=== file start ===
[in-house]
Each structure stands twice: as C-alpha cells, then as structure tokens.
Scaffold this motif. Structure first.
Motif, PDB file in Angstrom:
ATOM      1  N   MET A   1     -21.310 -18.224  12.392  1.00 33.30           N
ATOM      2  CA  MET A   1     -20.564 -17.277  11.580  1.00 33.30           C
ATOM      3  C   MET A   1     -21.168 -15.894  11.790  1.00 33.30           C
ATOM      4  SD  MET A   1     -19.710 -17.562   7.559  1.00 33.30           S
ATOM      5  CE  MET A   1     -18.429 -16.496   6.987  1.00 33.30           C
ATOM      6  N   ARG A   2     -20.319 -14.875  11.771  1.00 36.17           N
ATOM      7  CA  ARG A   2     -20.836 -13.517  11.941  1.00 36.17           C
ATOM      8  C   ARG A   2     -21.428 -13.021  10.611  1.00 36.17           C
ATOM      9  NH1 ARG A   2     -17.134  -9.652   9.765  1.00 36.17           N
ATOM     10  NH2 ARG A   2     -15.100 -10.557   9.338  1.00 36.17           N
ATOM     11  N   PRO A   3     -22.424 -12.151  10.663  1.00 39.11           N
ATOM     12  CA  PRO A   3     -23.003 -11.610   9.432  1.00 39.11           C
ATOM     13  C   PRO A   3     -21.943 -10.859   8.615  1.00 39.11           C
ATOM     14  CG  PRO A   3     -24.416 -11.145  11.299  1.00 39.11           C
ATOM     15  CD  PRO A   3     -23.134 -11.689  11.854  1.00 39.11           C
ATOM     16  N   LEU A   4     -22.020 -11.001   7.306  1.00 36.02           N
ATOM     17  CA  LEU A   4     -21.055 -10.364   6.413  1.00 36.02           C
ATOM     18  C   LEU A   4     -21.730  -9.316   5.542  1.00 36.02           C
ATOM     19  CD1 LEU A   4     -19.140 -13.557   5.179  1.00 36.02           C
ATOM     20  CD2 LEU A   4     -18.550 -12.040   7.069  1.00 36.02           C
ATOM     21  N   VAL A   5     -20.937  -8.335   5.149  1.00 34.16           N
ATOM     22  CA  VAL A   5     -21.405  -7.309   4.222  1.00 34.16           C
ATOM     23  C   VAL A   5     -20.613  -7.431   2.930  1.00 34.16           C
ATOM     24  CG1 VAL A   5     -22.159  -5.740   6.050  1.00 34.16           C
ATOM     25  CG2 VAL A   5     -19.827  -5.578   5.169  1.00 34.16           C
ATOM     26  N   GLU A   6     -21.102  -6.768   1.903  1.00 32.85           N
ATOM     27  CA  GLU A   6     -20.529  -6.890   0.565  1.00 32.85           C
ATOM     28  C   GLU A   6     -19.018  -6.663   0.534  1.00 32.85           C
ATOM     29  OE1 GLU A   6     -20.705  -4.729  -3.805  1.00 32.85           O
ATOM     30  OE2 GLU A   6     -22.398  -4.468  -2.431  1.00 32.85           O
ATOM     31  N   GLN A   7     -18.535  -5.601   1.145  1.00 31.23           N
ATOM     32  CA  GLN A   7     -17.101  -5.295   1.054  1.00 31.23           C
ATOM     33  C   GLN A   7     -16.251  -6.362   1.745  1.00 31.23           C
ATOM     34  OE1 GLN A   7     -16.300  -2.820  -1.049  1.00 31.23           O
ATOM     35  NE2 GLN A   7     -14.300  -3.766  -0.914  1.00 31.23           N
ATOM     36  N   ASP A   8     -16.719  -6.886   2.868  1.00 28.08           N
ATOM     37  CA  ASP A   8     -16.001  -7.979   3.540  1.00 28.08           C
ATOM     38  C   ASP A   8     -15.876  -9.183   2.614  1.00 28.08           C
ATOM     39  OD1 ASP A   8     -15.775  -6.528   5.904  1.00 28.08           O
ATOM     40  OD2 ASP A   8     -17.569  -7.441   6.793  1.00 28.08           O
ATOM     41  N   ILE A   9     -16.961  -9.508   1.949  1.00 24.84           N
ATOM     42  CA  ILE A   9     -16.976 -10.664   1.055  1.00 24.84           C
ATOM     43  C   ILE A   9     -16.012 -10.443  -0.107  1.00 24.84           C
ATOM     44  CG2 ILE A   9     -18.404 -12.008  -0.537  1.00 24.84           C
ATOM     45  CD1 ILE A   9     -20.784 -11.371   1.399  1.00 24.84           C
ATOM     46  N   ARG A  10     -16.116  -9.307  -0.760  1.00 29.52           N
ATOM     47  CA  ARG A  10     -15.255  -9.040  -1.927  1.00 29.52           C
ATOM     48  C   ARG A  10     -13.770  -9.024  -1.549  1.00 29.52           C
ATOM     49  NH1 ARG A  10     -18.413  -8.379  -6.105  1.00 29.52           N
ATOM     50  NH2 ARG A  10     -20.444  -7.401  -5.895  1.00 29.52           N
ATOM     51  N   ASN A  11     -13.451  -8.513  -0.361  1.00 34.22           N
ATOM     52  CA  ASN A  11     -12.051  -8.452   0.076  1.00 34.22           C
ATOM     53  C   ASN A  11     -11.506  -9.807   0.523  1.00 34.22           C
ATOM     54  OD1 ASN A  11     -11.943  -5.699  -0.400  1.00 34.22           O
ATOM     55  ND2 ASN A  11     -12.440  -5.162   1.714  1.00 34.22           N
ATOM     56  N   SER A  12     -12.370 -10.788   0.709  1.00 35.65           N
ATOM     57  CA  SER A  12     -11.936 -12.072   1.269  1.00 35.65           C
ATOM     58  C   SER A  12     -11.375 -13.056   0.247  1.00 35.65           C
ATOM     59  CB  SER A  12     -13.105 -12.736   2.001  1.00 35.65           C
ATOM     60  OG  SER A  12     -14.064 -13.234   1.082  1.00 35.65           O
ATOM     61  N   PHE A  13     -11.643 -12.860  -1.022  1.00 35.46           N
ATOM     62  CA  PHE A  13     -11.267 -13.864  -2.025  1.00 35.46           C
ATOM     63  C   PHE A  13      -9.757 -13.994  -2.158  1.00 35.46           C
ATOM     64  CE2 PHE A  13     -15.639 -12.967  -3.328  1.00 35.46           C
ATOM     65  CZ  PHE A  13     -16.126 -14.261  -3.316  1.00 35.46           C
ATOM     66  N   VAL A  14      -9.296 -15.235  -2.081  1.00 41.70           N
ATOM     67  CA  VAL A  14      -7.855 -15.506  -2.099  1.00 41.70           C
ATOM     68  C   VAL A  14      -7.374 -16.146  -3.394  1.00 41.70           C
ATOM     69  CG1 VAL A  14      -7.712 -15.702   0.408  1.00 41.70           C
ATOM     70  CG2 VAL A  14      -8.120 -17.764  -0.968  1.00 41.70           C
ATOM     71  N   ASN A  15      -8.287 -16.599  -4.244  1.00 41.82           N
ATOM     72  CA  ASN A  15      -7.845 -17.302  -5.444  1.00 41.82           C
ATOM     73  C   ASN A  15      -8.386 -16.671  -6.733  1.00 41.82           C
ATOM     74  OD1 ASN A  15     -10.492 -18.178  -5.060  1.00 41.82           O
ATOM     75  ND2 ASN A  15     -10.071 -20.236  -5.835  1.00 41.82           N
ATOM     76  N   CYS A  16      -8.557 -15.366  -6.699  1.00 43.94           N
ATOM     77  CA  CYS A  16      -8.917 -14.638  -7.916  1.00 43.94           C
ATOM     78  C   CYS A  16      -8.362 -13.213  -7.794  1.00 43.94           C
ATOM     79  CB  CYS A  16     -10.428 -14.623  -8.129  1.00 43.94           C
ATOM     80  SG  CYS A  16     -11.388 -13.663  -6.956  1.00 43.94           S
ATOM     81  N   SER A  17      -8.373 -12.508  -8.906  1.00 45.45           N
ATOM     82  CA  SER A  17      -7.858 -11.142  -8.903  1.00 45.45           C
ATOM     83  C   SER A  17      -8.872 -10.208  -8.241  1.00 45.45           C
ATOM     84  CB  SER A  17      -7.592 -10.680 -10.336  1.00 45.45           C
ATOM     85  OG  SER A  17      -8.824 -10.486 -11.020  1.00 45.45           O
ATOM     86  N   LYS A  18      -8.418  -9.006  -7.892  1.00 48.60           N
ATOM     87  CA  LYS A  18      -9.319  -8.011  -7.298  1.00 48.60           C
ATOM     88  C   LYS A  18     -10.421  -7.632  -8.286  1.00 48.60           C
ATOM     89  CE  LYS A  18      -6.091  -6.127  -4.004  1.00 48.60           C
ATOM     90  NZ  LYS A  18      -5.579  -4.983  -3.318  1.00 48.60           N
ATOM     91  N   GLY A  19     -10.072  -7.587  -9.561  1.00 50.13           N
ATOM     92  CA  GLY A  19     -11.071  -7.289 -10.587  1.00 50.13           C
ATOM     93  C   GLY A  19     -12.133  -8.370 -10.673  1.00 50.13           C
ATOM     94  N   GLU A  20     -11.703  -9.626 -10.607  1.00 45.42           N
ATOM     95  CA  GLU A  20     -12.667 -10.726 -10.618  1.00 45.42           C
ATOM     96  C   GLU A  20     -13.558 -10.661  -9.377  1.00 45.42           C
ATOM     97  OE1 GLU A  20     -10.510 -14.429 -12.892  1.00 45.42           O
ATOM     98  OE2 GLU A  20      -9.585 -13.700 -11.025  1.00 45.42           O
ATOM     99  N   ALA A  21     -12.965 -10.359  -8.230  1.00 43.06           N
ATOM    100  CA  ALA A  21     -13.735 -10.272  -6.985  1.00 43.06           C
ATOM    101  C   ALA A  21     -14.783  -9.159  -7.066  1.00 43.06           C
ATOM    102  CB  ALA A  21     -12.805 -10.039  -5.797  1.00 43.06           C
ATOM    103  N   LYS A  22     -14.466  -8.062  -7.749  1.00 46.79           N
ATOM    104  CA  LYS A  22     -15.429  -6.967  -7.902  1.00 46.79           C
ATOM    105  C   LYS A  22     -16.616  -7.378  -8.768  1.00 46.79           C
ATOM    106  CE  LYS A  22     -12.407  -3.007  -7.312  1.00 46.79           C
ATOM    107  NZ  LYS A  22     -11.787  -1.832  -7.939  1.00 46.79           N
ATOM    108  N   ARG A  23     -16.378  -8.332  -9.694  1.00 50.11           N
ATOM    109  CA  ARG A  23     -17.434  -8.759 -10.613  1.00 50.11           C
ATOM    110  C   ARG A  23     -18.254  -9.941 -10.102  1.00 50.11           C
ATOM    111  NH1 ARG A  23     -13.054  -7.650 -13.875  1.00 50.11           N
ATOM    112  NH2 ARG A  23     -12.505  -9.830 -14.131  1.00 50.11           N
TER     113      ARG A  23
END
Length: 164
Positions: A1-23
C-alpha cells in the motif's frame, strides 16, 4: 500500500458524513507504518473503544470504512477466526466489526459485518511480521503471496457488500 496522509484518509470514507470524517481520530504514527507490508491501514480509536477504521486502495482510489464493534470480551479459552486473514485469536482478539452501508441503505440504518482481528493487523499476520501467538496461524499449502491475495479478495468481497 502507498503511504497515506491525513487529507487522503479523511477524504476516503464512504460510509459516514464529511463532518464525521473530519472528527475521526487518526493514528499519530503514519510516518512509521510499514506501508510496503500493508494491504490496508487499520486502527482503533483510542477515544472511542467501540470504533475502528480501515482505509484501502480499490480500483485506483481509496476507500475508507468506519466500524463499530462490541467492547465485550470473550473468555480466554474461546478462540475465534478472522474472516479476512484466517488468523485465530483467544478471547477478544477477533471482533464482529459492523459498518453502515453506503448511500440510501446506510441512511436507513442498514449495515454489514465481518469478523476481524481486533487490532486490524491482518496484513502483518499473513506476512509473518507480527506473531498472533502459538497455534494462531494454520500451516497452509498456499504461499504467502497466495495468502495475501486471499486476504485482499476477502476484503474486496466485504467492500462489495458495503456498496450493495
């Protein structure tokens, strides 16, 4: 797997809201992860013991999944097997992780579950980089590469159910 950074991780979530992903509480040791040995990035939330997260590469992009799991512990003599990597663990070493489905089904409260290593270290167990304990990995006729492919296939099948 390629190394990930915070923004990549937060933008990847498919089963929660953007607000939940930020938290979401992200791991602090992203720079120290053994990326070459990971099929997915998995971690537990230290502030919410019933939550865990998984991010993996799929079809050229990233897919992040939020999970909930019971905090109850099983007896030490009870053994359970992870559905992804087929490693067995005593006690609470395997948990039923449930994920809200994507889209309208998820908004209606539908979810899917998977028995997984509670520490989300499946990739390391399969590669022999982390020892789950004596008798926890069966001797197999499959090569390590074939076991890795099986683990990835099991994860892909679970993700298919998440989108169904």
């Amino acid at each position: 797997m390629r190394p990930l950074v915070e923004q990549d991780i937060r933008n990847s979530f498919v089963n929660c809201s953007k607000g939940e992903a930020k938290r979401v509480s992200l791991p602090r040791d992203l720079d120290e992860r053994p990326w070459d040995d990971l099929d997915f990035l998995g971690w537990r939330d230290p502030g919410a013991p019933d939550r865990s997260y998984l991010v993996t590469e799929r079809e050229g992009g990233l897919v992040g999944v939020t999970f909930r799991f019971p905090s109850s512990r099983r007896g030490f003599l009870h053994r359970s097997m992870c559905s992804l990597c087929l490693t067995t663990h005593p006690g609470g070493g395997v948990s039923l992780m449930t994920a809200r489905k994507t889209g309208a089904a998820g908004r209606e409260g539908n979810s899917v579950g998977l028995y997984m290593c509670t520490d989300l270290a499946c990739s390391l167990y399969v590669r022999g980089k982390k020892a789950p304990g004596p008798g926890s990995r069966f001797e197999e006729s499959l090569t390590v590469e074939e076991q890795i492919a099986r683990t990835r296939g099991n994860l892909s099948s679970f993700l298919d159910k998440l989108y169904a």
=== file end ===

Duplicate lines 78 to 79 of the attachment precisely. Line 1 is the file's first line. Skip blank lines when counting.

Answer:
ATOM     74  OD1 ASN A  15     -10.492 -18.178  -5.060  1.00 41.82           O
ATOM     75  ND2 ASN A  15     -10.071 -20.236  -5.835  1.00 41.82           N